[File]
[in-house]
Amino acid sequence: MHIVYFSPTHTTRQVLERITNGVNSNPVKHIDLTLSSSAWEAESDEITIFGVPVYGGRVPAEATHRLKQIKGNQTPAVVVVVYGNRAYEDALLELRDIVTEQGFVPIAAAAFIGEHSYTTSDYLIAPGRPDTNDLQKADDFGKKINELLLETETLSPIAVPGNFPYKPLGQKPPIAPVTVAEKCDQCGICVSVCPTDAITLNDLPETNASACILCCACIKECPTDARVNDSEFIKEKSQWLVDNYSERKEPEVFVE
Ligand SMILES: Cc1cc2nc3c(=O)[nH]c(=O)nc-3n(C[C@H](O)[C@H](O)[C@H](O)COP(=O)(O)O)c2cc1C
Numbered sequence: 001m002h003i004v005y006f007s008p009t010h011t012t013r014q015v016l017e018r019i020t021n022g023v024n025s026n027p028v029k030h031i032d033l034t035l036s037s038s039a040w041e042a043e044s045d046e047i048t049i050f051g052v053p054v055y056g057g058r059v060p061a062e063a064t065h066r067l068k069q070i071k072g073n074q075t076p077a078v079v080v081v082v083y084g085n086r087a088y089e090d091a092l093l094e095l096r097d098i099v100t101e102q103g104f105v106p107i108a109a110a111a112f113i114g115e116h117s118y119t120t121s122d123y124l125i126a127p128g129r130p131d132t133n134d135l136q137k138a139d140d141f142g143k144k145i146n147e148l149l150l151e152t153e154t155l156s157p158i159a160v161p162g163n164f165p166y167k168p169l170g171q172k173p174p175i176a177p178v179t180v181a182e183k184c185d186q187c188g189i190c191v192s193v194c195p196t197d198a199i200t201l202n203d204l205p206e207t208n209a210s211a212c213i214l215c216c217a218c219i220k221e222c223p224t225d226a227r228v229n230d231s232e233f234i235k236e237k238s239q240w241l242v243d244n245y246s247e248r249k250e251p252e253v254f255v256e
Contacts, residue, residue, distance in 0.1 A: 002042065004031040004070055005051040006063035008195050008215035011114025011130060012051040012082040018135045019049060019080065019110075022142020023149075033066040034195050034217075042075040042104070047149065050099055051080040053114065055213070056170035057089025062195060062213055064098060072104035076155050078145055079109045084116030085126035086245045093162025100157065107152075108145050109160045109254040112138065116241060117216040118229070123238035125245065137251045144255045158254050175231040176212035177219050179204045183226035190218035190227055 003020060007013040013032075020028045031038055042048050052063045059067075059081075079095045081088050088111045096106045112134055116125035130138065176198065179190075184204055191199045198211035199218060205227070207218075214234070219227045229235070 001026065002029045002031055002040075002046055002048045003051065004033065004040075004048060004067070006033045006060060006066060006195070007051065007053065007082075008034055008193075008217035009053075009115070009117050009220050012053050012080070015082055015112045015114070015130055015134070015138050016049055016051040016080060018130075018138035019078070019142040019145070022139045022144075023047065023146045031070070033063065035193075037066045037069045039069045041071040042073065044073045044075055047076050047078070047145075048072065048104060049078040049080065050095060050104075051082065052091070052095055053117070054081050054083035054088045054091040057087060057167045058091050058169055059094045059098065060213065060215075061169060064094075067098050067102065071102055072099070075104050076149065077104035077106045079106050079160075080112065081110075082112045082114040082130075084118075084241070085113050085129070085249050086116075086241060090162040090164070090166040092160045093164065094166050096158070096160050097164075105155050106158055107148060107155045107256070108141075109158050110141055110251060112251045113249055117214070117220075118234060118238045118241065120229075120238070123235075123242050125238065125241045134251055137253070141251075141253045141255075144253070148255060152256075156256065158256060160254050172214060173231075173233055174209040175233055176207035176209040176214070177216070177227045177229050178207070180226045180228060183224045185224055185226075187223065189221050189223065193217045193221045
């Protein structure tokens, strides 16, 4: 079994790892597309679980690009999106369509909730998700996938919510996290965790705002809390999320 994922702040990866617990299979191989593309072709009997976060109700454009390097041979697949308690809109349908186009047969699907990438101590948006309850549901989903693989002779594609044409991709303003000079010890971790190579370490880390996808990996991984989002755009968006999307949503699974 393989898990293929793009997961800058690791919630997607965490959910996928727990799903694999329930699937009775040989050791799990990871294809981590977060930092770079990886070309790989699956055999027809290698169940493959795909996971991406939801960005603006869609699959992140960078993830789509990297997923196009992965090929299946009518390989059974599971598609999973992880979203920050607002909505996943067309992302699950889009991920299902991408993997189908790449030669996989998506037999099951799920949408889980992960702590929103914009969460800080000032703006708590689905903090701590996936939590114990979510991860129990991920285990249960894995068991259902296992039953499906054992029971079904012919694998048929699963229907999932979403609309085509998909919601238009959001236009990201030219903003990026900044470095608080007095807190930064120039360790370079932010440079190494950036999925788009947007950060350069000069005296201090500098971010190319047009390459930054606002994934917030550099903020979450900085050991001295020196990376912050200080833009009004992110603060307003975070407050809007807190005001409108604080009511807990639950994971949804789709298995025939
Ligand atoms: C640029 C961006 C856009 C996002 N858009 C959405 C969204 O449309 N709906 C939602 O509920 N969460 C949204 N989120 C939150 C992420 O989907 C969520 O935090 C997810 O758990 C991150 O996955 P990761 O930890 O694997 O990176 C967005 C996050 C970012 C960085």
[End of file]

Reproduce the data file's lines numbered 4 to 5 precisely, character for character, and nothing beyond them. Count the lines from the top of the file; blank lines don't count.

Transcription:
Numbered sequence: 001m002h003i004v005y006f007s008p009t010h011t012t013r014q015v016l017e018r019i020t021n022g023v024n025s026n027p028v029k030h031i032d033l034t035l036s037s038s039a040w041e042a043e044s045d046e047i048t049i050f051g052v053p054v055y056g057g058r059v060p061a062e063a064t065h066r067l068k069q070i071k072g073n074q075t076p077a078v079v080v081v082v083y084g085n086r087a088y089e090d091a092l093l094e095l096r097d098i099v100t101e102q103g104f105v106p107i108a109a110a111a112f113i114g115e116h117s118y119t120t121s122d123y124l125i126a127p128g129r130p131d132t133n134d135l136q137k138a139d140d141f142g143k144k145i146n147e148l149l150l151e152t153e154t155l156s157p158i159a160v161p162g163n164f165p166y167k168p169l170g171q172k173p174p175i176a177p178v179t180v181a182e183k184c185d186q187c188g189i190c191v192s193v194c195p196t197d198a199i200t201l202n203d204l205p206e207t208n209a210s211a212c213i214l215c216c217a218c219i220k221e222c223p224t225d226a227r228v229n230d231s232e233f234i235k236e237k238s239q240w241l242v243d244n245y246s247e248r249k250e251p252e253v254f255v256e
Contacts, residue, residue, distance in 0.1 A: 002042065004031040004070055005051040006063035008195050008215035011114025011130060012051040012082040018135045019049060019080065019110075022142020023149075033066040034195050034217075042075040042104070047149065050099055051080040053114065055213070056170035057089025062195060062213055064098060072104035076155050078145055079109045084116030085126035086245045093162025100157065107152075108145050109160045109254040112138065116241060117216040118229070123238035125245065137251045144255045158254050175231040176212035177219050179204045183226035190218035190227055 003020060007013040013032075020028045031038055042048050052063045059067075059081075079095045081088050088111045096106045112134055116125035130138065176198065179190075184204055191199045198211035199218060205227070207218075214234070219227045229235070 001026065002029045002031055002040075002046055002048045003051065004033065004040075004048060004067070006033045006060060006066060006195070007051065007053065007082075008034055008193075008217035009053075009115070009117050009220050012053050012080070015082055015112045015114070015130055015134070015138050016049055016051040016080060018130075018138035019078070019142040019145070022139045022144075023047065023146045031070070033063065035193075037066045037069045039069045041071040042073065044073045044075055047076050047078070047145075048072065048104060049078040049080065050095060050104075051082065052091070052095055053117070054081050054083035054088045054091040057087060057167045058091050058169055059094045059098065060213065060215075061169060064094075067098050067102065071102055072099070075104050076149065077104035077106045079106050079160075080112065081110075082112045082114040082130075084118075084241070085113050085129070085249050086116075086241060090162040090164070090166040092160045093164065094166050096158070096160050097164075105155050106158055107148060107155045107256070108141075109158050110141055110251060112251045113249055117214070117220075118234060118238045118241065120229075120238070123235075123242050125238065125241045134251055137253070141251075141253045141255075144253070148255060152256075156256065158256060160254050172214060173231075173233055174209040175233055176207035176209040176214070177216070177227045177229050178207070180226045180228060183224045185224055185226075187223065189221050189223065193217045193221045